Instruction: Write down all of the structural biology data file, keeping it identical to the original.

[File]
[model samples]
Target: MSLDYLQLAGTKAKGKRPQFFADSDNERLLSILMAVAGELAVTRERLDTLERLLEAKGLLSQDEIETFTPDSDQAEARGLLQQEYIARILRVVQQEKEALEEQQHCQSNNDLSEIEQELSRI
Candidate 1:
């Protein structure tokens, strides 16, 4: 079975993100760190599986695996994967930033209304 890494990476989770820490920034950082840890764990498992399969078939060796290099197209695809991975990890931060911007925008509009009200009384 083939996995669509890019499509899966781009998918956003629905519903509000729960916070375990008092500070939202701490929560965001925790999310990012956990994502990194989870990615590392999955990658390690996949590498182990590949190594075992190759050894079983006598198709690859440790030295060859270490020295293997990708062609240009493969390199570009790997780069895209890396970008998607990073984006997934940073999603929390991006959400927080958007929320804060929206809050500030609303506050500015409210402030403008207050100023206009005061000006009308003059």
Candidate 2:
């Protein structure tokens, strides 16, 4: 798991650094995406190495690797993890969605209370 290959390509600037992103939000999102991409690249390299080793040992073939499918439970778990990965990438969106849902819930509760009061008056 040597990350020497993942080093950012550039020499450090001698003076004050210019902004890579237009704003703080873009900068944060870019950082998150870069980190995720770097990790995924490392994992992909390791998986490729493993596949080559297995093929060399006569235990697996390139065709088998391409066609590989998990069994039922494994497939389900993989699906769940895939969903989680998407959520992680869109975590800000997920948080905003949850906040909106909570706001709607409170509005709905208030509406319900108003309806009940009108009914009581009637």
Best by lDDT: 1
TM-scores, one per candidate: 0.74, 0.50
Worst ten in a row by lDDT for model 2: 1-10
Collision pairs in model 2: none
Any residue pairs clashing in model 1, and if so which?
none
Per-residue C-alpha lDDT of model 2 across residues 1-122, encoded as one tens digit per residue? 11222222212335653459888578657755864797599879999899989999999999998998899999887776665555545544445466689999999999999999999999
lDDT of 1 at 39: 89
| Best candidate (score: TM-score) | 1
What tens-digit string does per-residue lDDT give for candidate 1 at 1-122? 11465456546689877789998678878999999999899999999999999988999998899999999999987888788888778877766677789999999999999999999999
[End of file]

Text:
[model samples]
Target: MSLDYLQLAGTKAKGKRPQFFADSDNERLLSILMAVAGELAVTRERLDTLERLLEAKGLLSQDEIETFTPDSDQAEARGLLQQEYIARILRVVQQEKEALEEQQHCQSNNDLSEIEQELSRI
Candidate 1:
């Protein structure tokens, strides 16, 4: 079975993100760190599986695996994967930033209304 890494990476989770820490920034950082840890764990498992399969078939060796290099197209695809991975990890931060911007925008509009009200009384 083939996995669509890019499509899966781009998918956003629905519903509000729960916070375990008092500070939202701490929560965001925790999310990012956990994502990194989870990615590392999955990658390690996949590498182990590949190594075992190759050894079983006598198709690859440790030295060859270490020295293997990708062609240009493969390199570009790997780069895209890396970008998607990073984006997934940073999603929390991006959400927080958007929320804060929206809050500030609303506050500015409210402030403008207050100023206009005061000006009308003059």
Candidate 2:
């Protein structure tokens, strides 16, 4: 798991650094995406190495690797993890969605209370 290959390509600037992103939000999102991409690249390299080793040992073939499918439970778990990965990438969106849902819930509760009061008056 040597990350020497993942080093950012550039020499450090001698003076004050210019902004890579237009704003703080873009900068944060870019950082998150870069980190995720770097990790995924490392994992992909390791998986490729493993596949080559297995093929060399006569235990697996390139065709088998391409066609590989998990069994039922494994497939389900993989699906769940895939969903989680998407959520992680869109975590800000997920948080905003949850906040909106909570706001709607409170509005709905208030509406319900108003309806009940009108009914009581009637």
Best by lDDT: 1
TM-scores, one per candidate: 0.74, 0.50
Worst ten in a row by lDDT for model 2: 1-10
Collision pairs in model 2: none
Any residue pairs clashing in model 1, and if so which?
none
Per-residue C-alpha lDDT of model 2 across residues 1-122, encoded as one tens digit per residue? 11222222212335653459888578657755864797599879999899989999999999998998899999887776665555545544445466689999999999999999999999
lDDT of 1 at 39: 89
| Best candidate (score: TM-score) | 1
What tens-digit string does per-residue lDDT give for candidate 1 at 1-122? 11465456546689877789998678878999999999899999999999999988999998899999999999987888788888778877766677789999999999999999999999